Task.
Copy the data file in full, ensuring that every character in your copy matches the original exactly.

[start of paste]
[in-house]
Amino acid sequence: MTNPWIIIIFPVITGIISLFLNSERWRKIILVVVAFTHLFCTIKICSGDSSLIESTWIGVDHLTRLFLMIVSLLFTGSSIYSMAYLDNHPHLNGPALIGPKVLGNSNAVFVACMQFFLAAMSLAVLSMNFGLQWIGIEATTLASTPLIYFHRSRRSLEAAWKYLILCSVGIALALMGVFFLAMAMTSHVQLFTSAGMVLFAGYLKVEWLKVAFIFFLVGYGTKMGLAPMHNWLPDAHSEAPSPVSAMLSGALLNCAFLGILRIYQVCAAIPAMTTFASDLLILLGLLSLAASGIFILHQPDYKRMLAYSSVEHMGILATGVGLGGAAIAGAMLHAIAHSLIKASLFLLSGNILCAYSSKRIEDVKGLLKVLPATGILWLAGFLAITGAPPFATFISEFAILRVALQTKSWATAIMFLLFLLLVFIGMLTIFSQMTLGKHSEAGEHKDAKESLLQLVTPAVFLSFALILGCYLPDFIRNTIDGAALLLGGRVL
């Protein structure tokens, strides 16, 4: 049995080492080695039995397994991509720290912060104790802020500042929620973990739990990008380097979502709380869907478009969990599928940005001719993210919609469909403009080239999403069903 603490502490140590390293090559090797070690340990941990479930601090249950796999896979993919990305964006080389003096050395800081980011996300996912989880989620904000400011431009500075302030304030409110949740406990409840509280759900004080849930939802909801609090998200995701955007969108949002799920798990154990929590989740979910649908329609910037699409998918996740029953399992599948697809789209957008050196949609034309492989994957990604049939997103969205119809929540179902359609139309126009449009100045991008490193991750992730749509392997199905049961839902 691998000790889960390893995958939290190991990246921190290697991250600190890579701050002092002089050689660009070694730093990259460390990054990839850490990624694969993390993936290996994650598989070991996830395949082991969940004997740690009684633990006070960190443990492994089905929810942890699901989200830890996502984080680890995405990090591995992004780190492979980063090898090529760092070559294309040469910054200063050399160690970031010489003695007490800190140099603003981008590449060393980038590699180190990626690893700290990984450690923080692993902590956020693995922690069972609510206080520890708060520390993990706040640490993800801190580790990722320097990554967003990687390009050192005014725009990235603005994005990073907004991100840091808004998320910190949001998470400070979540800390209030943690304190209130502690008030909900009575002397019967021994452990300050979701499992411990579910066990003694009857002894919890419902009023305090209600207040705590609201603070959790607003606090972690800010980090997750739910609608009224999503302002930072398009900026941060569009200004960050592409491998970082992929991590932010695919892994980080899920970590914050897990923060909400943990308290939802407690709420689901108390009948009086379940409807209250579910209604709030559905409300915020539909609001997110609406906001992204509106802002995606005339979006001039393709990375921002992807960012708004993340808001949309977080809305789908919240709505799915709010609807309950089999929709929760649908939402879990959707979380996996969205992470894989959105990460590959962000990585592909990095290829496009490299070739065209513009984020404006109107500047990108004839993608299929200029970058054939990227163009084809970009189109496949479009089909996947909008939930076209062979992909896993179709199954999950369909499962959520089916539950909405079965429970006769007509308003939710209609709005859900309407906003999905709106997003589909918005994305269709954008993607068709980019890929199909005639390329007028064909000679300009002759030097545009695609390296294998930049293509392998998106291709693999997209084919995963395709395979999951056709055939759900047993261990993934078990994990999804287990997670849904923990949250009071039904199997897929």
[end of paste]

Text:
[in-house]
Amino acid sequence: MTNPWIIIIFPVITGIISLFLNSERWRKIILVVVAFTHLFCTIKICSGDSSLIESTWIGVDHLTRLFLMIVSLLFTGSSIYSMAYLDNHPHLNGPALIGPKVLGNSNAVFVACMQFFLAAMSLAVLSMNFGLQWIGIEATTLASTPLIYFHRSRRSLEAAWKYLILCSVGIALALMGVFFLAMAMTSHVQLFTSAGMVLFAGYLKVEWLKVAFIFFLVGYGTKMGLAPMHNWLPDAHSEAPSPVSAMLSGALLNCAFLGILRIYQVCAAIPAMTTFASDLLILLGLLSLAASGIFILHQPDYKRMLAYSSVEHMGILATGVGLGGAAIAGAMLHAIAHSLIKASLFLLSGNILCAYSSKRIEDVKGLLKVLPATGILWLAGFLAITGAPPFATFISEFAILRVALQTKSWATAIMFLLFLLLVFIGMLTIFSQMTLGKHSEAGEHKDAKESLLQLVTPAVFLSFALILGCYLPDFIRNTIDGAALLLGGRVL
């Protein structure tokens, strides 16, 4: 049995080492080695039995397994991509720290912060104790802020500042929620973990739990990008380097979502709380869907478009969990599928940005001719993210919609469909403009080239999403069903 603490502490140590390293090559090797070690340990941990479930601090249950796999896979993919990305964006080389003096050395800081980011996300996912989880989620904000400011431009500075302030304030409110949740406990409840509280759900004080849930939802909801609090998200995701955007969108949002799920798990154990929590989740979910649908329609910037699409998918996740029953399992599948697809789209957008050196949609034309492989994957990604049939997103969205119809929540179902359609139309126009449009100045991008490193991750992730749509392997199905049961839902 691998000790889960390893995958939290190991990246921190290697991250600190890579701050002092002089050689660009070694730093990259460390990054990839850490990624694969993390993936290996994650598989070991996830395949082991969940004997740690009684633990006070960190443990492994089905929810942890699901989200830890996502984080680890995405990090591995992004780190492979980063090898090529760092070559294309040469910054200063050399160690970031010489003695007490800190140099603003981008590449060393980038590699180190990626690893700290990984450690923080692993902590956020693995922690069972609510206080520890708060520390993990706040640490993800801190580790990722320097990554967003990687390009050192005014725009990235603005994005990073907004991100840091808004998320910190949001998470400070979540800390209030943690304190209130502690008030909900009575002397019967021994452990300050979701499992411990579910066990003694009857002894919890419902009023305090209600207040705590609201603070959790607003606090972690800010980090997750739910609608009224999503302002930072398009900026941060569009200004960050592409491998970082992929991590932010695919892994980080899920970590914050897990923060909400943990308290939802407690709420689901108390009948009086379940409807209250579910209604709030559905409300915020539909609001997110609406906001992204509106802002995606005339979006001039393709990375921002992807960012708004993340808001949309977080809305789908919240709505799915709010609807309950089999929709929760649908939402879990959707979380996996969205992470894989959105990460590959962000990585592909990095290829496009490299070739065209513009984020404006109107500047990108004839993608299929200029970058054939990227163009084809970009189109496949479009089909996947909008939930076209062979992909896993179709199954999950369909499962959520089916539950909405079965429970006769007509308003939710209609709005859900309407906003999905709106997003589909918005994305269709954008993607068709980019890929199909005639390329007028064909000679300009002759030097545009695609390296294998930049293509392998998106291709693999997209084919995963395709395979999951056709055939759900047993261990993934078990994990999804287990997670849904923990949250009071039904199997897929």